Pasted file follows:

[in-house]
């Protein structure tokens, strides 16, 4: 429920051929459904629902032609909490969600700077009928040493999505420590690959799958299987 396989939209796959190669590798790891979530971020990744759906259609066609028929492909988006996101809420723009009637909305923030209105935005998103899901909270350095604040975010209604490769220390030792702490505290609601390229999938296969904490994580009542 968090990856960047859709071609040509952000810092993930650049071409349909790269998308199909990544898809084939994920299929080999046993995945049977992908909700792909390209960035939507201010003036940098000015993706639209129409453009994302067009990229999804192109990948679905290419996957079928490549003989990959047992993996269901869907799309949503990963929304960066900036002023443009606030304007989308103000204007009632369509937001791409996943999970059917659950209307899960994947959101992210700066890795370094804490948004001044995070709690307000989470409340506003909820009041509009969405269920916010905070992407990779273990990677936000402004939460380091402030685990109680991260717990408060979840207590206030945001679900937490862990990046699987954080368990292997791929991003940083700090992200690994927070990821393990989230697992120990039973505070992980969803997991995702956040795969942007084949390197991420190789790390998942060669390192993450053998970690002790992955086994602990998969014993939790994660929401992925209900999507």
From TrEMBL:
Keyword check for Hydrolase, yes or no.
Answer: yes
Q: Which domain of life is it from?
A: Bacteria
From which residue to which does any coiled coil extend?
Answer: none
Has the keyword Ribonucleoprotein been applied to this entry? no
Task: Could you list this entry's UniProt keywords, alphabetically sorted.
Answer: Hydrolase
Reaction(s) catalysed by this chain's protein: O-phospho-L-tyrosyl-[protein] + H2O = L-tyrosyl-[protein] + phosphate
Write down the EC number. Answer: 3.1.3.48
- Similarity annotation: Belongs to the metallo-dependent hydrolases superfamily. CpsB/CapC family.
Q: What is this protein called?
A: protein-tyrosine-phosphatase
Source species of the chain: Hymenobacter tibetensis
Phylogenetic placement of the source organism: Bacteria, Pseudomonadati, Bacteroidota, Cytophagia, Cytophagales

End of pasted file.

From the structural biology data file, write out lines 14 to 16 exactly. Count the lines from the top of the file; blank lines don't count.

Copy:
Write down the EC number. Answer: 3.1.3.48
- Similarity annotation: Belongs to the metallo-dependent hydrolases superfamily. CpsB/CapC family.
Q: What is this protein called?